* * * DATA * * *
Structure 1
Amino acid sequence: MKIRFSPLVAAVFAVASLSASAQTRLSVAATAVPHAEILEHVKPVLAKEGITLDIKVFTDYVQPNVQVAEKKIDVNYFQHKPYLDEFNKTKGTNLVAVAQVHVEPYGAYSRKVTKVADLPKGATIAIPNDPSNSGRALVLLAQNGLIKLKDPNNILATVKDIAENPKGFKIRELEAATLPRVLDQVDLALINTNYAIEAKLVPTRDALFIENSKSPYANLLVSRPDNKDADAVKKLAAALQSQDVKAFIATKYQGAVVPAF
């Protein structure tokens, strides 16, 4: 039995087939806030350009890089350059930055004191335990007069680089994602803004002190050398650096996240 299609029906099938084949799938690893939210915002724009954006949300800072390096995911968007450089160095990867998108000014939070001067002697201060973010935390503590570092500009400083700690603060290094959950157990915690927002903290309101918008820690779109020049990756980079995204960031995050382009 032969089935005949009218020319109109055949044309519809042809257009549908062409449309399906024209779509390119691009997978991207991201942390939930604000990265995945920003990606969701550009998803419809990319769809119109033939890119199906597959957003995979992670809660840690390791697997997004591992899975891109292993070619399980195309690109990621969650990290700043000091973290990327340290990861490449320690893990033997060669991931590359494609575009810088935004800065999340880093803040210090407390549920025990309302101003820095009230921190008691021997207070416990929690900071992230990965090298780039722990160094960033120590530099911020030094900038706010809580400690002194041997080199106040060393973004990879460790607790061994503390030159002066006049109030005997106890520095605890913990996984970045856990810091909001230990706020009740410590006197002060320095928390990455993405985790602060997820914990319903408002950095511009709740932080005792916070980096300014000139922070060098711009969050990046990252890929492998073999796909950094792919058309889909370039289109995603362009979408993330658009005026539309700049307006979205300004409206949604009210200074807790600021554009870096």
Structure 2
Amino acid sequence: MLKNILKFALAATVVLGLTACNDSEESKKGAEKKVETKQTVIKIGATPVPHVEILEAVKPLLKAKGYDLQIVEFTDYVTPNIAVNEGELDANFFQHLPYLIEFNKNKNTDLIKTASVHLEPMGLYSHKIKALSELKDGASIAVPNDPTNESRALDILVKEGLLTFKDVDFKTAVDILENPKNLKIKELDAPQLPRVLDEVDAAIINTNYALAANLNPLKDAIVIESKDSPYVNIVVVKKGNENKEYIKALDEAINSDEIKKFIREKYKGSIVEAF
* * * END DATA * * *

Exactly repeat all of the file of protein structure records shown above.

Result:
Structure 1
Amino acid sequence: MKIRFSPLVAAVFAVASLSASAQTRLSVAATAVPHAEILEHVKPVLAKEGITLDIKVFTDYVQPNVQVAEKKIDVNYFQHKPYLDEFNKTKGTNLVAVAQVHVEPYGAYSRKVTKVADLPKGATIAIPNDPSNSGRALVLLAQNGLIKLKDPNNILATVKDIAENPKGFKIRELEAATLPRVLDQVDLALINTNYAIEAKLVPTRDALFIENSKSPYANLLVSRPDNKDADAVKKLAAALQSQDVKAFIATKYQGAVVPAF
């Protein structure tokens, strides 16, 4: 039995087939806030350009890089350059930055004191335990007069680089994602803004002190050398650096996240 299609029906099938084949799938690893939210915002724009954006949300800072390096995911968007450089160095990867998108000014939070001067002697201060973010935390503590570092500009400083700690603060290094959950157990915690927002903290309101918008820690779109020049990756980079995204960031995050382009 032969089935005949009218020319109109055949044309519809042809257009549908062409449309399906024209779509390119691009997978991207991201942390939930604000990265995945920003990606969701550009998803419809990319769809119109033939890119199906597959957003995979992670809660840690390791697997997004591992899975891109292993070619399980195309690109990621969650990290700043000091973290990327340290990861490449320690893990033997060669991931590359494609575009810088935004800065999340880093803040210090407390549920025990309302101003820095009230921190008691021997207070416990929690900071992230990965090298780039722990160094960033120590530099911020030094900038706010809580400690002194041997080199106040060393973004990879460790607790061994503390030159002066006049109030005997106890520095605890913990996984970045856990810091909001230990706020009740410590006197002060320095928390990455993405985790602060997820914990319903408002950095511009709740932080005792916070980096300014000139922070060098711009969050990046990252890929492998073999796909950094792919058309889909370039289109995603362009979408993330658009005026539309700049307006979205300004409206949604009210200074807790600021554009870096």
Structure 2
Amino acid sequence: MLKNILKFALAATVVLGLTACNDSEESKKGAEKKVETKQTVIKIGATPVPHVEILEAVKPLLKAKGYDLQIVEFTDYVTPNIAVNEGELDANFFQHLPYLIEFNKNKNTDLIKTASVHLEPMGLYSHKIKALSELKDGASIAVPNDPTNESRALDILVKEGLLTFKDVDFKTAVDILENPKNLKIKELDAPQLPRVLDEVDAAIINTNYALAANLNPLKDAIVIESKDSPYVNIVVVKKGNENKEYIKALDEAINSDEIKKFIREKYKGSIVEAF